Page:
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​Wimbledon GP achieves lifetime ambition to complete gruelling 24-hour 42 peak challenge

Andrew challenge shot.jpg

Dr Andrew Murray, a GP at the Nelson Health Centre and Merton CCG Chair, has completed an unbelievable challenge climbing 42 peaks in 24 hours whilst supporting a friend on their road to recovery from mental illness.

Andrew has been a keen fell runner since school days, but he always had his sights set on the ultimate feat of endurance - the Bob Graham Round - which covers 66 miles, 42 Lake District peaks and 8,200m of ascent and descent (roughly the height of Everest) in just 24 hours.

Andrew and his friend, Josh Hickford, discovered they both had the same ambition and agreed to do it together to raise much needed funds for three charities. The challenge was also a big part of Josh's journey of recovery from mental illness and addiction.

To take on the challenge the pair trained over the last year in all weather conditions. Their first attempt in June had to be abandoned over half way round after they faced blizzard conditions. They succeeded on their second attempt last weekend (25th August), but this time faced a heatwave, in the hottest bank holiday on record, making the challenge even more arduous as they battled dehydration.

During the 24 hours they only stopped for a total of 32 minutes and finished in a time of 23 hours 18 mins.

Andrew was ecstatic to have made it and said:

"This has always been a lifetime ambition and although I have done many ultra and mountain events this was the one I most wanted to succeed at. It was even more meaningful as I was able to support Josh on his journey to recovery and we completed the whole thing together without pacers or support on the fells. Mental illness is a cause close to my heart and I knew how crucial it was for Josh to train and succeed as he faced the daily challenge of recovery."

"It was also a way of supporting three important charities including one working on young people's mental health. It was the hardest endurance challenge I have ever done but I managed to enjoy the dawn and sunset along the way as well as the exhilaration of finishing within time."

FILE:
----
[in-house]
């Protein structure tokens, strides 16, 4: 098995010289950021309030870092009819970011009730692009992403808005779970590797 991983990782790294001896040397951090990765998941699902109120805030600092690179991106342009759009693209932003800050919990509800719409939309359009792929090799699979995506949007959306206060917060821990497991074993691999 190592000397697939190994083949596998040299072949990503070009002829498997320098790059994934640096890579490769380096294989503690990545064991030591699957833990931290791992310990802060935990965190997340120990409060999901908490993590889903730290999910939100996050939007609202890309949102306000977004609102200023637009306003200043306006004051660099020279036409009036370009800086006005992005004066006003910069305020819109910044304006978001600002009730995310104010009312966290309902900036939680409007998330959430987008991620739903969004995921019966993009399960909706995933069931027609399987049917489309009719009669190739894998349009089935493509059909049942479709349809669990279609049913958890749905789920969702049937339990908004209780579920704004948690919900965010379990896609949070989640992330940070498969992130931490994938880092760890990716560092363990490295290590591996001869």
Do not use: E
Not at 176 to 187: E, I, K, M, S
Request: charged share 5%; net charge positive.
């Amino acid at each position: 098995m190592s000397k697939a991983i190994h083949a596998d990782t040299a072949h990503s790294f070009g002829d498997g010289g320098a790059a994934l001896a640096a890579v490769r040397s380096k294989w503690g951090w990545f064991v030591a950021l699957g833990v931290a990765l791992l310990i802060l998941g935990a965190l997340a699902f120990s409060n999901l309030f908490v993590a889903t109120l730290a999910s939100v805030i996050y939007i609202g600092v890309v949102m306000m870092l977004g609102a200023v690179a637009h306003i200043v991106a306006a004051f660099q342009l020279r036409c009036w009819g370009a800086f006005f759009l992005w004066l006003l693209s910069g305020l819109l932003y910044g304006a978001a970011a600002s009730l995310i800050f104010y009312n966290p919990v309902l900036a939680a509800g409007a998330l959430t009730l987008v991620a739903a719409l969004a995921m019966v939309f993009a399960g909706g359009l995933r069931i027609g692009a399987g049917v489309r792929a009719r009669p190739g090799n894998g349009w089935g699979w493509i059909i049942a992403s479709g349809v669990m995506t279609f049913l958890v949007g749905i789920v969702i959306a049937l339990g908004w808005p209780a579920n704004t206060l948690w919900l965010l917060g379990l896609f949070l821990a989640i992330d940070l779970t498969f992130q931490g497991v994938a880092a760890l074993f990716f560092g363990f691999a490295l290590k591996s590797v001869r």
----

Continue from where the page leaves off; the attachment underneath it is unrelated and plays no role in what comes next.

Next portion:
Josh Hickford added:

"To complete the BGR was certainly the fruition of a childhood dream. It captured my imagination and was always there lurking in my mind as the ultimate test of resilience and fitness. Set in such staggering scenery.  It was every bit as magnificent as I had hoped. My journey to get there however was every bit as gruelling and arduous.  But notably less magnificent. I have struggled my whole life with mental health problems culminating in addiction in my adult life. I am however living proof that no matter how deep addiction bites down into your psyche, given the right support, structure and therapy you can turn things around. Addiction doesn't have to be a death sentence. Vulnerability can be harnessed and directed to succeed. Charities like eikon are so important for young people like me, providing them with a safe space in which to share their struggles and access the help they need. The Bob Graham was symbolic for me. It was a stake in the ground. It was an apology. A statement of intent and a fresh start. It was the best way I saw fit to absolve the sins of my past and move forward. And it was all of those and more. Everyone like me needs to find their Bob Graham. And I am very grateful for mine."

Notes to Editors:

The Bob Graham Round started in 1932 when Bob who was a Keswick hotelier marked his 42nd birthday by completing it in 24 hours. Taking in 42 of the highest peaks in the Lake District, it is no easy feat: only just over 2,000 of the hardiest fell runners have managed to follow in Bob's footsteps in the 85 intervening years, to join the exclusive Bob Graham Club

The club website states:

"Achieving a successful round takes more than just fitness and grit: it takes mental strength, physical agility, mountain skills, route knowledge and 100% commitment to the goal in hand. Traditionally, aspirant Bob Graham Club members would train intensively on the course for a year or more, preparing themselves and learning the route, before recruiting a support team of experienced fell-runners with whom to tackle the challenge

Andrew and Josh are raising money for three charities which are bringing hope to the lives of disadvantaged young people in Africa, Myanmar (Burma) and the UK: WeSeeHope, Health&Hope and Eikon.

Further details can be found on the Just Giving page